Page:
Suppose I have a pocket sized "plank laser" that fires out one plank energy photon every plank time. It's beam diameter is 1 femtometer, and it is as focussed as possible. This device magically breaks conservation of energy, and having no recoil also breaks conservation of momentum.
(So naive linear optics says beam divergence should be on the order of 1 femtometer over 100 km, but I know this is a situation where nonlinearities are important. )
Lets say I gave a 1 second burst of this, pointing upwards through the earths atmosphere into deep space. What happens.
On one hand, this is outputting 3.5*10^52 watts (so joules because it's a 1 second burst). That's 10^5 suns in mass energy. On the other hand, those are all super hard gamma photons which are unlikely to hit anything rather than just leaving at high speed. And if they do hit anything, that seems like it would just cause one particle of air to leave at high speed.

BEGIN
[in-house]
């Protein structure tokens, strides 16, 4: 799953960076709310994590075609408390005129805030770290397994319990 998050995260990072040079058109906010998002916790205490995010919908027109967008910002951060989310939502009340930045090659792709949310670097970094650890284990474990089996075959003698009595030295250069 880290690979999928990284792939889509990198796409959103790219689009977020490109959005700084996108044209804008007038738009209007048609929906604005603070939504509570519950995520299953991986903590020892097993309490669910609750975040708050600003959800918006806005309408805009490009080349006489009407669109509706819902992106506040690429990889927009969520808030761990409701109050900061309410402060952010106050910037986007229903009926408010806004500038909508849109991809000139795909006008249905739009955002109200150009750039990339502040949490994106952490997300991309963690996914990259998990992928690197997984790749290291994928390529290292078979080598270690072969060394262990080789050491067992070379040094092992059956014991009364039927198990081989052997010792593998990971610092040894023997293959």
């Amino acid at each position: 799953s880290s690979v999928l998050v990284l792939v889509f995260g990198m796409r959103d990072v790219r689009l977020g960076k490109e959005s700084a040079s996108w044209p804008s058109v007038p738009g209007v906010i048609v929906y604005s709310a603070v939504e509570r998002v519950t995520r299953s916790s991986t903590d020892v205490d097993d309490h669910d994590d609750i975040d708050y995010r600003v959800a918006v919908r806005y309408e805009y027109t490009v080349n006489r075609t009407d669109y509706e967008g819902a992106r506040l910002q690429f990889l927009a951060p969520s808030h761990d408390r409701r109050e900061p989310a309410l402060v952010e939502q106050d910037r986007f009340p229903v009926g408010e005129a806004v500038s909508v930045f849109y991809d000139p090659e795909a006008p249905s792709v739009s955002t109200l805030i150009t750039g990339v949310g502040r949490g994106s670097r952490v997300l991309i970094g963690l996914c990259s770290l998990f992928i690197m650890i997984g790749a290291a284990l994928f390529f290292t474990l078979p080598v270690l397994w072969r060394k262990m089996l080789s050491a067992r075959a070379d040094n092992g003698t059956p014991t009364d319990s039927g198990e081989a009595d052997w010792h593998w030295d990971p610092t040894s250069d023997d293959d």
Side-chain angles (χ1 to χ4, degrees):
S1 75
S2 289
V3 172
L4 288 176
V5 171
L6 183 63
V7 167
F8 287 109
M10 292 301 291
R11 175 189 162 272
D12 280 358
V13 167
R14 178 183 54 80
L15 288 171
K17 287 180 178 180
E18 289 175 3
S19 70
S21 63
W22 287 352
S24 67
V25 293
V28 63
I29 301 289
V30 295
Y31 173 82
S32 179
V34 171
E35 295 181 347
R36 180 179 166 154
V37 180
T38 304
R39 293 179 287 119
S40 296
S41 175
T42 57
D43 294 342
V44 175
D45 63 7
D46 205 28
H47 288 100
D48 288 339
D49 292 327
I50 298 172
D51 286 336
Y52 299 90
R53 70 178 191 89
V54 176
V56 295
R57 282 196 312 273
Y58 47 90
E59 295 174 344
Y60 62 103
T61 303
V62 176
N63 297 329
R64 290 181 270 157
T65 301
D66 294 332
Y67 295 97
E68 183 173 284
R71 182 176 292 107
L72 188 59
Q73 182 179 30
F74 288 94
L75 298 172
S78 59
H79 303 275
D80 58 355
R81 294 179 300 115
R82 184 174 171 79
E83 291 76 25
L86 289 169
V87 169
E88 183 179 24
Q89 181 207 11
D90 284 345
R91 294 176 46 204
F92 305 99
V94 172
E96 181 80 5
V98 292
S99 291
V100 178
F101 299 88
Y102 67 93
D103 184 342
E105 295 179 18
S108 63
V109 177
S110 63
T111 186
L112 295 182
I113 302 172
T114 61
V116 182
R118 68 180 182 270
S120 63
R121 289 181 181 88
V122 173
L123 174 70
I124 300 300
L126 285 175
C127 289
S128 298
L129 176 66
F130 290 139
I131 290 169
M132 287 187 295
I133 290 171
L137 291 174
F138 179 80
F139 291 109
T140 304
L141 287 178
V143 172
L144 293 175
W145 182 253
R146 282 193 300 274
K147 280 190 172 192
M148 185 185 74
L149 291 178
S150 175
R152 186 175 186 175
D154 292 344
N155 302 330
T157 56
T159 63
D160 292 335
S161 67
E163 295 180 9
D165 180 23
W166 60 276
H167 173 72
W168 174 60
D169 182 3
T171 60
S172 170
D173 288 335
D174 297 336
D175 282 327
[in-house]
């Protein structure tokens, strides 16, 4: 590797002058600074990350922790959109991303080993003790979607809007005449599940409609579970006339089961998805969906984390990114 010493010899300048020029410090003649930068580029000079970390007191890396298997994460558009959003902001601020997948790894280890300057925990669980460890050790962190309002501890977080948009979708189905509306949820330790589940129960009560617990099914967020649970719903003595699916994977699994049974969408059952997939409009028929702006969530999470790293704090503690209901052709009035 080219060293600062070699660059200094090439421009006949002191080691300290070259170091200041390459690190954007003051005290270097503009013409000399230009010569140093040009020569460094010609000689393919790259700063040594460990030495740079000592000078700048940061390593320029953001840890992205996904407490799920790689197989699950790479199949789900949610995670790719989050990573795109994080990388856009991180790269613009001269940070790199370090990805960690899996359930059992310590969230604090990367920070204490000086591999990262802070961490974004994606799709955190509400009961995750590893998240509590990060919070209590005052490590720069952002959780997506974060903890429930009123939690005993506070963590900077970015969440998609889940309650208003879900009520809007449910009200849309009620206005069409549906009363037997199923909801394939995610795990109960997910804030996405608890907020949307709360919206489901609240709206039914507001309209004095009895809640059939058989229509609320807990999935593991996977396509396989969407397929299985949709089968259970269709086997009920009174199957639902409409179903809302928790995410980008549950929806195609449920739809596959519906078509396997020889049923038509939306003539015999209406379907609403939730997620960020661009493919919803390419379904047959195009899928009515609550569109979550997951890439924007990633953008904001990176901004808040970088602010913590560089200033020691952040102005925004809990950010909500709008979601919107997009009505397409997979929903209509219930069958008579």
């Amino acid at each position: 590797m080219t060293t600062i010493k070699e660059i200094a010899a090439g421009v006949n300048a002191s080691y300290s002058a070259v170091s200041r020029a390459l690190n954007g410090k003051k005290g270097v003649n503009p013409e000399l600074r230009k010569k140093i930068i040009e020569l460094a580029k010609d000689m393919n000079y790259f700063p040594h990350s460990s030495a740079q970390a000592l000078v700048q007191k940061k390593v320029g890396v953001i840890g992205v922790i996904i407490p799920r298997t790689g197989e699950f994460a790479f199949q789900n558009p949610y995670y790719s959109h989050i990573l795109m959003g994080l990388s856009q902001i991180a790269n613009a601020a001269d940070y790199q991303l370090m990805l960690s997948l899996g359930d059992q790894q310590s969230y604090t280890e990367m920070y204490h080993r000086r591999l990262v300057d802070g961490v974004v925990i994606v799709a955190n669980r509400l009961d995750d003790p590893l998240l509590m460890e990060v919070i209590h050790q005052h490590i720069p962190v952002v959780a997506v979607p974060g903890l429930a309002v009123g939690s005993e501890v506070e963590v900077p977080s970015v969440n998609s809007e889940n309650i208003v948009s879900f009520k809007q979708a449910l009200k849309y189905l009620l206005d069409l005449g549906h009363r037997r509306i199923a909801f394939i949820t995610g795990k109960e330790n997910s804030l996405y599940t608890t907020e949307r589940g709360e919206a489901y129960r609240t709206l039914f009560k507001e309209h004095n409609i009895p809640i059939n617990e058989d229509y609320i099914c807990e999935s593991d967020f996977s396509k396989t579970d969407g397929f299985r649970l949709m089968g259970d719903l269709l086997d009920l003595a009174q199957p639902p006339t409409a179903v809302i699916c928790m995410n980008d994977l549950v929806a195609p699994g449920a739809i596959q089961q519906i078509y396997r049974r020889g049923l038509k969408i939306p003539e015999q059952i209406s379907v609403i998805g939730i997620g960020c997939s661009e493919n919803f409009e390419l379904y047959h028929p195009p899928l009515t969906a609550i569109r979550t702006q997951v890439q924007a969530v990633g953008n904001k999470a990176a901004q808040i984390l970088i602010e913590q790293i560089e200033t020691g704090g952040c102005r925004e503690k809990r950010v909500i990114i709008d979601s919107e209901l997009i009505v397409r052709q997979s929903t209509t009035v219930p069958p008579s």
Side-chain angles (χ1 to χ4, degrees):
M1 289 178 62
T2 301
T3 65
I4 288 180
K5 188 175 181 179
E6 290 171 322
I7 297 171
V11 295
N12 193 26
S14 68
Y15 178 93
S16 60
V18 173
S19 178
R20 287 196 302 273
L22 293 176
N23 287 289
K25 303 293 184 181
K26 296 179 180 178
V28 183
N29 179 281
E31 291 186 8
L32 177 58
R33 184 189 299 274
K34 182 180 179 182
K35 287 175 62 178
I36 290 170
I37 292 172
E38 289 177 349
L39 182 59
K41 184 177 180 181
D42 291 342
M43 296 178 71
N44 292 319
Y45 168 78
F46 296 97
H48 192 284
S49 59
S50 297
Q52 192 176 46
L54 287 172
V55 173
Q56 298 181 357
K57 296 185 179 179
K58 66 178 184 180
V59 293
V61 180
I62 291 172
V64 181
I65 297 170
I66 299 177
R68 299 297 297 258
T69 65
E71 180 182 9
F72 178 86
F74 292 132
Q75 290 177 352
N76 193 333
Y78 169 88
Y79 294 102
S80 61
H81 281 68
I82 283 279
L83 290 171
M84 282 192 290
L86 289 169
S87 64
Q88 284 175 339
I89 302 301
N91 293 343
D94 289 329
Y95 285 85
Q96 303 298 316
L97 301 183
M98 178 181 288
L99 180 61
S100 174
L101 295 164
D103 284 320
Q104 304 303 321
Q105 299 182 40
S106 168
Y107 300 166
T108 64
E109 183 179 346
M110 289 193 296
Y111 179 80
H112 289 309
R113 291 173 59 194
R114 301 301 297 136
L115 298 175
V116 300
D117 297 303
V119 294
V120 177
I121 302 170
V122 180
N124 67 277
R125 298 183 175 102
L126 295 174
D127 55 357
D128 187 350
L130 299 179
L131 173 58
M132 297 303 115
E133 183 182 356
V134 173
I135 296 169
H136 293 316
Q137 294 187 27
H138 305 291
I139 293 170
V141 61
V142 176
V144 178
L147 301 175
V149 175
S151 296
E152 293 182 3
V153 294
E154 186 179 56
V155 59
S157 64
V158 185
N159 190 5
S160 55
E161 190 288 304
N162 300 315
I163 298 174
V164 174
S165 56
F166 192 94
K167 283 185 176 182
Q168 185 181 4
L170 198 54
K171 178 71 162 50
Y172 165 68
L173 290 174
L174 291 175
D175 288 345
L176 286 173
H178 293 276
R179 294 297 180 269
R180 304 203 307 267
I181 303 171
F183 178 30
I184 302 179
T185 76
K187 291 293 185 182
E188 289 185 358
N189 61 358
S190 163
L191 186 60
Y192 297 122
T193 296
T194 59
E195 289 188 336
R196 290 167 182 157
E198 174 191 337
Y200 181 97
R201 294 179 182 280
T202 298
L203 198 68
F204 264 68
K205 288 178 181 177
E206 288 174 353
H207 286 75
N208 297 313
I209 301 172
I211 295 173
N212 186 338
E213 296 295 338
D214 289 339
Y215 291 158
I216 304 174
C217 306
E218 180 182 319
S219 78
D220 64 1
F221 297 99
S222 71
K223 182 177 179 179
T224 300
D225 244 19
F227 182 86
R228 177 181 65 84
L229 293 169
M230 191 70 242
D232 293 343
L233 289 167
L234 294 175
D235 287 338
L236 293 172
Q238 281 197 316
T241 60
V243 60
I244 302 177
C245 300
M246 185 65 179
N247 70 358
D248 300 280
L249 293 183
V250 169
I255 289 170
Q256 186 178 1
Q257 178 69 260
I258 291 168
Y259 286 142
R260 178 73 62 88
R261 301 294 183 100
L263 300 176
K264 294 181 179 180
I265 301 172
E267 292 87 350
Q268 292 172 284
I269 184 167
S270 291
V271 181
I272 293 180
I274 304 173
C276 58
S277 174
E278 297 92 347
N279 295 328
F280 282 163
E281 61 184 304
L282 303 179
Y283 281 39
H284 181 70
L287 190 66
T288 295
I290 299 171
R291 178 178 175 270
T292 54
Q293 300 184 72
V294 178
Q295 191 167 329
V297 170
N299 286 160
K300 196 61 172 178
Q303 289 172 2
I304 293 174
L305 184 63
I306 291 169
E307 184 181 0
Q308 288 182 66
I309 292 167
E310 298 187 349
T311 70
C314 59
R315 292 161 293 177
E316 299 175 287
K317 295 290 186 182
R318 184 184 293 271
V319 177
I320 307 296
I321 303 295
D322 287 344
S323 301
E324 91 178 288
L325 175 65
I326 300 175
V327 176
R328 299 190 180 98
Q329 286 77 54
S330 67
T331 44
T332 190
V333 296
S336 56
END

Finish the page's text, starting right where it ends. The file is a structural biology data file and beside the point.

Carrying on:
For reference, if the same amount of energy was shone equally in all directions, and in a frequency that would be absorbed, the energy hitting an earthlike planet around alpha centauri would be slightly lower than that planets gravitational binding energy.
So is this something that no one would notice, a solar system destroyer, or something in between?